interested in human thought and the distinction between good and bad reasons to 
support a belief. I invite John to let us know the supporting reasons for his 
belief in God if he would like to continue the discussion. Jim has shown us  at 
least one of his reasons for his belief in God which falls philosophically in 
the area of mystical experience claims. We then can evaluate how convincing we 
find this claim. But I don't have to have a belief in the opposite to not judge 
his reasons as good ones. I can't know if there is a God or if Jim is 
experiencing a state of mind here this reality is as he claims, self evident. I 
just see no reason to buy the whole story,

So  I don't have a belief in no-God which is on a par with the positive belief 
in a God. I just don't accept the proposed reasons for the belief in him that I 
have come across to be convincing enough for me to adopt it. I would never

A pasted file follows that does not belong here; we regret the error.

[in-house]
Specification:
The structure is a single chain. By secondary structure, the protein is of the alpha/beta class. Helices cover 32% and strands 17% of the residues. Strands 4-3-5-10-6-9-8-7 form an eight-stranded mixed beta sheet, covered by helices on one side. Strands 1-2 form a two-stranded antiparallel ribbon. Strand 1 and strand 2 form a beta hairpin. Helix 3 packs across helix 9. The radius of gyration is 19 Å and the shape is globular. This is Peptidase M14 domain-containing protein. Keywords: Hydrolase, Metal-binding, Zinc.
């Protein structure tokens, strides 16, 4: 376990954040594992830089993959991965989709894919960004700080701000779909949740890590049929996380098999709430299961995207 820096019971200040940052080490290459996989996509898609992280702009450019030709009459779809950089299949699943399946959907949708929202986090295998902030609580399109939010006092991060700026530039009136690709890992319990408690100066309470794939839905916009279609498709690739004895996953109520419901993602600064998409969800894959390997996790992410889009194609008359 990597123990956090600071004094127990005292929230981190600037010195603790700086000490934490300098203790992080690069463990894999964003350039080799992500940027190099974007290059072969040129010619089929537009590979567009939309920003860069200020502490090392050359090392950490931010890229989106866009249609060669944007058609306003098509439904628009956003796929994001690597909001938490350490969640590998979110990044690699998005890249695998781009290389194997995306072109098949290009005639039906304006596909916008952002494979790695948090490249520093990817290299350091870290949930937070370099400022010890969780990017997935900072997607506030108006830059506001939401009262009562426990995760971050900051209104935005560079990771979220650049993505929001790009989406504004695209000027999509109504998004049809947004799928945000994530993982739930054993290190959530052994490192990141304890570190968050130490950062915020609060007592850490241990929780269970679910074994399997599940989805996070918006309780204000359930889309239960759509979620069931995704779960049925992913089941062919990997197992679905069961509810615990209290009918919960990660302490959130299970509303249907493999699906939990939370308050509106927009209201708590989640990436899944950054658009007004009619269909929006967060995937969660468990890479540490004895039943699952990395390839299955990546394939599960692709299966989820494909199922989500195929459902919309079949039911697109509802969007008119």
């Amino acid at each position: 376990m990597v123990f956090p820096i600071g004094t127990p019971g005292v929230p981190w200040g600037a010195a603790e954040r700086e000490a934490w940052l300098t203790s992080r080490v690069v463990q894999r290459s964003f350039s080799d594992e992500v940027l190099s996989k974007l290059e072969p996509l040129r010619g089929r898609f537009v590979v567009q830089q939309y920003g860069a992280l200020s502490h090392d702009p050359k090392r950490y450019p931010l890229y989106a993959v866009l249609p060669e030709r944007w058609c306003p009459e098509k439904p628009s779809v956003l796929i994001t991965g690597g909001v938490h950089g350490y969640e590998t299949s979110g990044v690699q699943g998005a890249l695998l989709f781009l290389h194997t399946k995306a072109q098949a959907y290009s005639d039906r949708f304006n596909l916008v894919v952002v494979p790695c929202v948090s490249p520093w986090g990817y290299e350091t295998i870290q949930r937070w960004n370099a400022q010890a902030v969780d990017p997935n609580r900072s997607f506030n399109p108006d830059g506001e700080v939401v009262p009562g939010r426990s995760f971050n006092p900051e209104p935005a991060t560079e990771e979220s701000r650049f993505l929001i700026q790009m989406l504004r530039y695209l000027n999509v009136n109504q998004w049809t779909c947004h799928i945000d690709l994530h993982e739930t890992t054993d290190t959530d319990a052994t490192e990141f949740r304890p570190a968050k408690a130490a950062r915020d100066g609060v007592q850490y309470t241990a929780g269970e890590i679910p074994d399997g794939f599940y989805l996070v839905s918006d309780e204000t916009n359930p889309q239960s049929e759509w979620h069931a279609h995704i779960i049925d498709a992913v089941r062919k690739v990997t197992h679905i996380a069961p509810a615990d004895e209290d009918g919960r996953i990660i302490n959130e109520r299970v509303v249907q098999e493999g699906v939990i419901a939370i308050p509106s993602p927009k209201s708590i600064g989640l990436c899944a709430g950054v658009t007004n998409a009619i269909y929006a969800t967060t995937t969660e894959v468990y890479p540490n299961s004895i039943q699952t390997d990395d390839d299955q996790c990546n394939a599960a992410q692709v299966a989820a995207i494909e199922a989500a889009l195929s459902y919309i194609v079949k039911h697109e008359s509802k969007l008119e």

undertake the fools errand of proving a negative, and am not interested in 
trying to support a belief in no-God. I would be just as happy if there was 
one, but I am not going to accept his existence on the basis of what I consider 
to be poor reasons. 

One more example. You go to the doctor with a bitch'n migraine headache and 
seek relief. You are assuming that he is going to hand you something that has 
some good reasons for the belief that it will help you. You know, clinical 
trials, curing mice headaches, the works.
Instead he hands you a bat's wing and says, "boil this into some tea. I read 
this in a book I found in a second hand book store on witches spells and I 
believe it will work" When you give him the stink face he says, "prove that it 
will not work.  I am saying it will and  you seem to hold a belief that it will 
not, so prove to me that it will not work, the burden of proof is on you to 
disprove my belief."

Do you have to hold a positive belief that it will not work or even prove that